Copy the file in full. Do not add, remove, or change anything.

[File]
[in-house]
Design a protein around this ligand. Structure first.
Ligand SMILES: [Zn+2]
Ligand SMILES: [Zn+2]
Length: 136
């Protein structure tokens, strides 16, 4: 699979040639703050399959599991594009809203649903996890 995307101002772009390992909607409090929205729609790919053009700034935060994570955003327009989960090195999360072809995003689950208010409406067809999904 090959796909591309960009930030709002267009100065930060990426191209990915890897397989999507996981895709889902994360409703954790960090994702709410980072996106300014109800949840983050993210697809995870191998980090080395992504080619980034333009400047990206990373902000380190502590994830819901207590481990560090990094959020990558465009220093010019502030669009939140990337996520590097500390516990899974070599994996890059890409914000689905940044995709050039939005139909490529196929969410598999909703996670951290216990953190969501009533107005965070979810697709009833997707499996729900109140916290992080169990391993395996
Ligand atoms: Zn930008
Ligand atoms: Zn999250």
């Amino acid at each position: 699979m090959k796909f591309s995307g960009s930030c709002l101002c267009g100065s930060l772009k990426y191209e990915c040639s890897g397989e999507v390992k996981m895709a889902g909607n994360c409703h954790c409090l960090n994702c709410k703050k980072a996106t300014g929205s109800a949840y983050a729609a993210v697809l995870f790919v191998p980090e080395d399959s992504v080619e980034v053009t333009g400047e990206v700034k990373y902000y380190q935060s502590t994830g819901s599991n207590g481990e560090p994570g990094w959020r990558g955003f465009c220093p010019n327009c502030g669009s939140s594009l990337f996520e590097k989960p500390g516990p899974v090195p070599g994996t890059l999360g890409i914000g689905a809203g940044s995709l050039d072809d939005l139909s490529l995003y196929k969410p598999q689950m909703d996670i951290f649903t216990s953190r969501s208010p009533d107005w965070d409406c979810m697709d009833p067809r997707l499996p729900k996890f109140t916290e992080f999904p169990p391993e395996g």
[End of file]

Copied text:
[in-house]
Design a protein around this ligand. Structure first.
Ligand SMILES: [Zn+2]
Ligand SMILES: [Zn+2]
Length: 136
């Protein structure tokens, strides 16, 4: 699979040639703050399959599991594009809203649903996890 995307101002772009390992909607409090929205729609790919053009700034935060994570955003327009989960090195999360072809995003689950208010409406067809999904 090959796909591309960009930030709002267009100065930060990426191209990915890897397989999507996981895709889902994360409703954790960090994702709410980072996106300014109800949840983050993210697809995870191998980090080395992504080619980034333009400047990206990373902000380190502590994830819901207590481990560090990094959020990558465009220093010019502030669009939140990337996520590097500390516990899974070599994996890059890409914000689905940044995709050039939005139909490529196929969410598999909703996670951290216990953190969501009533107005965070979810697709009833997707499996729900109140916290992080169990391993395996
Ligand atoms: Zn930008
Ligand atoms: Zn999250």
């Amino acid at each position: 699979m090959k796909f591309s995307g960009s930030c709002l101002c267009g100065s930060l772009k990426y191209e990915c040639s890897g397989e999507v390992k996981m895709a889902g909607n994360c409703h954790c409090l960090n994702c709410k703050k980072a996106t300014g929205s109800a949840y983050a729609a993210v697809l995870f790919v191998p980090e080395d399959s992504v080619e980034v053009t333009g400047e990206v700034k990373y902000y380190q935060s502590t994830g819901s599991n207590g481990e560090p994570g990094w959020r990558g955003f465009c220093p010019n327009c502030g669009s939140s594009l990337f996520e590097k989960p500390g516990p899974v090195p070599g994996t890059l999360g890409i914000g689905a809203g940044s995709l050039d072809d939005l139909s490529l995003y196929k969410p598999q689950m909703d996670i951290f649903t216990s953190r969501s208010p009533d107005w965070d409406c979810m697709d009833p067809r997707l499996p729900k996890f109140t916290e992080f999904p169990p391993e395996g």